If you have to present multiple elements over the course of a seminar or long meeting, it can be very annoying for your audience as they watch you jumping around from app to app and or from one slideware file to the next.
Nowadays, most computers have sufficiently powerful graphics cards, that you can use the ‘Presenter View’ in PowerPoint (‘Presenter Display’ in Keynote) and I have written about the value of – nay, the essential need for – these tools – in the past.
Using a multi-screen approach requires that you have an extended desktop with a second monitor – either a physical large-screen TV, or a data projector – connected to your computer. Here’s the trick:
When you are setting up your system at the beginning of your session, open the desktop control panel and change the background colour for the display monitor to white.
That means you can move around between apps and files to your heart’s content on the desktop of your actual computer, while your audience remains blissfully unaware of how much technical fiddling is going on in the background.
Most of my lectures and training presentations are on white backgrounds now, which makes this technique work particularly well. I set my screenshow view options to present all my slides on the second monitor, giving me my messy desktop, my tools and notes on my laptop. You should also set up:
  • A browser window set to full screen for anything you want to show live from the web (I simply hide or minimise this once it’s set up, then use a browser window on my laptop to find what I am looking for and paste the URL into the display window when I want to show it).
  • A video tool and DVD player – set the full screen option to show videos on the big screen.
  • A graphics app to show images, similarly set up to display on the main screen – I use slideshows in iPhoto and present single images from folders using Preview.
  • A PDF viewer similarly set up to display on the main screen.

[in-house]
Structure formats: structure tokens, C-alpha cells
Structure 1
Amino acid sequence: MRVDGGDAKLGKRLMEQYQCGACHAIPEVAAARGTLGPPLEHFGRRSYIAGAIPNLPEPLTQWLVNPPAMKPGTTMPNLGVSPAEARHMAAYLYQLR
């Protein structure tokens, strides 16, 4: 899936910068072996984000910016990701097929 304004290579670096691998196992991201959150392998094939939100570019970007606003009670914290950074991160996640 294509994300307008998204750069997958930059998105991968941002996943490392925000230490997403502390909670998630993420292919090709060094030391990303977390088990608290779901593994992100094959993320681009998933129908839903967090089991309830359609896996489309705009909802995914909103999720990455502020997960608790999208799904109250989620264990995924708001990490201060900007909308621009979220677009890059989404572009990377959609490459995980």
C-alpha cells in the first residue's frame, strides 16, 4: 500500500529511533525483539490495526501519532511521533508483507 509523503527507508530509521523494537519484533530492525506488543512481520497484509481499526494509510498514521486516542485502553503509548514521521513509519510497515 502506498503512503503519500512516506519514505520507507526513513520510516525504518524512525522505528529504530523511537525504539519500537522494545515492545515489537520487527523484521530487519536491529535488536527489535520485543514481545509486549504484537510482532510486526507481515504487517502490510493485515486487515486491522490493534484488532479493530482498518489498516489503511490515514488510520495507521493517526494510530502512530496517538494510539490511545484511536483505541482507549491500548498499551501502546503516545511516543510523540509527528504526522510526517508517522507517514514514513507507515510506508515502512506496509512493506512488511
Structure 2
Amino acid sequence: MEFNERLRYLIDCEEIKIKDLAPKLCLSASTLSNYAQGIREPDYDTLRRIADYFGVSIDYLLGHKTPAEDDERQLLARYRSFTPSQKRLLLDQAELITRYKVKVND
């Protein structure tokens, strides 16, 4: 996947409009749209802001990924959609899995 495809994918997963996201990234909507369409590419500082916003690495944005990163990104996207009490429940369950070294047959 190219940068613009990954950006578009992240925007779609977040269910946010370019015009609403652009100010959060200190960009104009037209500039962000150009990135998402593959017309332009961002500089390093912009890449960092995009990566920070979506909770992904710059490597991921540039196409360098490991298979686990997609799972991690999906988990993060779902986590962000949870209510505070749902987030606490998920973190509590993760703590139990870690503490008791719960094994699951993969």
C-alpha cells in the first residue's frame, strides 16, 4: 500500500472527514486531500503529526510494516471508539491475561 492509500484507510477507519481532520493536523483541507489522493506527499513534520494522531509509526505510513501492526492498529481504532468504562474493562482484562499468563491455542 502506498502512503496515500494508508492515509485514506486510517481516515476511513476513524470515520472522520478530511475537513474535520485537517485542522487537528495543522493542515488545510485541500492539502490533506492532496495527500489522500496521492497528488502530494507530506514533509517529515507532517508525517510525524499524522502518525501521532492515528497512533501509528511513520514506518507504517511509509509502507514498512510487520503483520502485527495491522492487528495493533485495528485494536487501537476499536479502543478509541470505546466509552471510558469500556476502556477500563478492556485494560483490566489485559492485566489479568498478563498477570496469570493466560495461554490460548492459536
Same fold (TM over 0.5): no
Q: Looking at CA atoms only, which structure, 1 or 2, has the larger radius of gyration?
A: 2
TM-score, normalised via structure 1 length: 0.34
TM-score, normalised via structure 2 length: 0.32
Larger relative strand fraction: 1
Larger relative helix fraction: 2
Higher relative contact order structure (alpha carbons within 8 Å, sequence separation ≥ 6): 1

Using this set-up, I can retrieve anything from the bowels of my computer and have it up on the display screen in a matter of seconds; very useful in an interactive session where questions need to be addressed straight away.
Another simple strand to this technique is to have your PPT files open on your laptop in ‘Slide Sorter’ view. This gives you the flexibility to jump around in your presentation, and skip something you may have already covered in response to an interjection, or which you have discovered is not going to be or relevance to this particular audience.
I recently used this file and skipped Section 3, which is all about fonts, saying We’ve already covered Section 3 in our earlier in-depth discussion of onscreen fonts [click – display the number 3 slide] so I’m going to jump on to point 4 here [click – displayed the number 4], and talk about everybody’s favourite subject – bullet points” [click – and proceeded with the preso]
We have all sat through talks where the presenter clicks frantically past a series of, “We don’t need to get into this material” slides. Far better that you accomplish that seamlessly and without your audience’s knowledge.
I say again, this approach is primarily needed in longer sessions, be they meetings, training days or lengthy seminars; but no matter how long or short your talk, it is very useful to be able to bend the technology to your will, rather than having to slavishly follow its whims.